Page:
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God's Bits of Wood Paperback – August 11, 2008


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Product Details

  • Paperback: 248 pages
  • Publisher: Longman (August 11, 2008)
  • Language: English
  • ISBN-10: 0435909592
  • ISBN-13: 978-0435909598
  • Product Dimensions: 5.1 x 0.7 x 7.7 inches
  • Shipping Weight: 7.2 ounces (View shipping rates and policies)
  • Average Customer Review: 4.6 out of 5 stars  See all reviews (34 customer reviews)
  • Amazon Best Sellers Rank: #130,512 in Books (See Top 100 in Books)

Editorial Reviews

About the Author

Sembene Ousmane, film director and writer, was born in Senegal  and worked as a fisherman before attending  l'Ecole de Ceramique at Marsassoum. He then worked as a plumber, a bricklayer and an apprentice mechanic in Dakar.  After the war he became a docker and trade union leader in Marseilles, and out of this experience he wrote Le Docker Noir (1956). He had also published Oh Pays, mon Beau Peuple (1957), L'Harmattan (1964) and the collection of stories, Voltaique (1962), which was translated as God's Bits of Wood and appears in the African Writers Series (AWS). He has made several films including one of Le Mandat (translated as The Money Order with White Genesis AWS). His film of Xala met with a great success in the New York film festival.

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Customer Reviews

4.6 out of 5 stars
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I would recommend the novel to anyone for an interesting read.
S. B. Dennison
Given the hightened awareness of the plight of Africans today this novel gives a great insight into the history and background of their deprivation and poverty.
D. J. Weaks
If an author can write an educational yet entertaining book then they are amazing.
Katie

Most Helpful Customer Reviews

60 of 60 people found the following review helpful By Amazon Customer on November 10, 2002
Format: Paperback
Sembene Ousmane's third novel, God's Bits of Wood, was originally written and published in French as Les Bouts de bois de Dieu. The novel is set in pre-independence Senegal and follows the struggles of the African trainworkers in three cities as they go on strike against their French employers in an effort for equal benefits and compensation. The chapters of the book shift between the cities of Bamako, Thies, and Dakar and track the actions and growth of the men and women whose lives are transformed by the strike. Rather than number the chapters, Ousmane has labeled them by the city in which they take place, and the character who is the focal point of that chapter.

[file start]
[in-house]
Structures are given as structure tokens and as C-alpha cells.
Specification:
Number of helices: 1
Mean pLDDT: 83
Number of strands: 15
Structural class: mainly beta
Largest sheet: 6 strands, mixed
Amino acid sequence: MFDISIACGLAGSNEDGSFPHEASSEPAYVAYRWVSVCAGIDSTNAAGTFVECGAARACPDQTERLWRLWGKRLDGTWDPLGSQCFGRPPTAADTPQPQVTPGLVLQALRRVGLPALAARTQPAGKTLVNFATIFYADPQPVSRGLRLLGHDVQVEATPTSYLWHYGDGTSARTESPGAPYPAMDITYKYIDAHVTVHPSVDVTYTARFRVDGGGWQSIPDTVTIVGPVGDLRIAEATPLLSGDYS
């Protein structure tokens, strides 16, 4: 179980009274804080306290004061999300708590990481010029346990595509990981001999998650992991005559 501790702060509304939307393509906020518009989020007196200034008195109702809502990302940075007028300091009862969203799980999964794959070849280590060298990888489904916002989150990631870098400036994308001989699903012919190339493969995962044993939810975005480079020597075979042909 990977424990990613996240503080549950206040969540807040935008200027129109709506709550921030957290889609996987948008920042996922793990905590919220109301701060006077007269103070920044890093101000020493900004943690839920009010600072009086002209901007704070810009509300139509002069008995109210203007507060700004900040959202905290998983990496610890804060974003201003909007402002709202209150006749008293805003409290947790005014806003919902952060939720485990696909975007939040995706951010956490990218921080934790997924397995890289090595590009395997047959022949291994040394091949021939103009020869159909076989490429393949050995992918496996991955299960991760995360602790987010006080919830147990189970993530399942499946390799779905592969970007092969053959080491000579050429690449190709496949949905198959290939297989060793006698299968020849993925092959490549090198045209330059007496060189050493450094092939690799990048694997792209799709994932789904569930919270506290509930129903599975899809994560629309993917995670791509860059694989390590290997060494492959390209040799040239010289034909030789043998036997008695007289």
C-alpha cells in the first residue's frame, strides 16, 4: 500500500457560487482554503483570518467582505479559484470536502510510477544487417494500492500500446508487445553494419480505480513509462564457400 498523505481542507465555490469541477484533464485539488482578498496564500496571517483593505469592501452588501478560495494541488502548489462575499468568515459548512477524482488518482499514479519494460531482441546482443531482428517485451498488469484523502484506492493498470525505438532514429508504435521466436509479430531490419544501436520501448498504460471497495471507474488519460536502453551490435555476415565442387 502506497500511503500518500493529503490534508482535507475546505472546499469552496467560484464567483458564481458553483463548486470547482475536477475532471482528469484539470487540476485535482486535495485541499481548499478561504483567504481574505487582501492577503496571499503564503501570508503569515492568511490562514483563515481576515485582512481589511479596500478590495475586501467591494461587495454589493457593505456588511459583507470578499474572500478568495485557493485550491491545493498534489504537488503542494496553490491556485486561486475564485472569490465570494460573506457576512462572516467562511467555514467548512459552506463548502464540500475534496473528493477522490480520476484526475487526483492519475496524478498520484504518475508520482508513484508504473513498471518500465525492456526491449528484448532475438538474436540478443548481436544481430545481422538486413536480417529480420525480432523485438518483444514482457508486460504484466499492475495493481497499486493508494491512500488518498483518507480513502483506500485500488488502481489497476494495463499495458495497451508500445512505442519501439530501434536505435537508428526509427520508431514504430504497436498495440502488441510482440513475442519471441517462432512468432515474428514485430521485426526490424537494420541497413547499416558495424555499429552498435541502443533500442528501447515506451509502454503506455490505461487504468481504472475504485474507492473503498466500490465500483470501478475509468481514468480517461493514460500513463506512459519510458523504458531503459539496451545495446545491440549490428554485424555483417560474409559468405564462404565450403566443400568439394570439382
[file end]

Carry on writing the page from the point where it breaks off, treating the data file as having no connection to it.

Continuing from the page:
As the strike progresses, the French management decides to "starve out" the striking workers by cutting off local access to water and applying pressure on local merchants to prevent those shop owners from selling food on credit to the striking families. The men who once acted as providers for their family, now rely on their wives to scrape together enough food in order to feed the families. The new, more obvious reliance on women as providers begins to embolden the women. Since the women now suffer along with their striking husbands, the wives soon see themselves as active strikers as well.
The strategy of the French managers, or toubabs as the African workers call them, of using lack of food and water to pressure the strikers back to work, instead crystallizes for workers and their families the gross inequities that exist between them and their French employers. The growing hardships faced by the families only strengthens their resolve, especially that of the women. In fact, some of the husbands that consider faltering are forced into resoluteness by their wives.
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15 of 17 people found the following review helpful By A Customer on April 14, 2003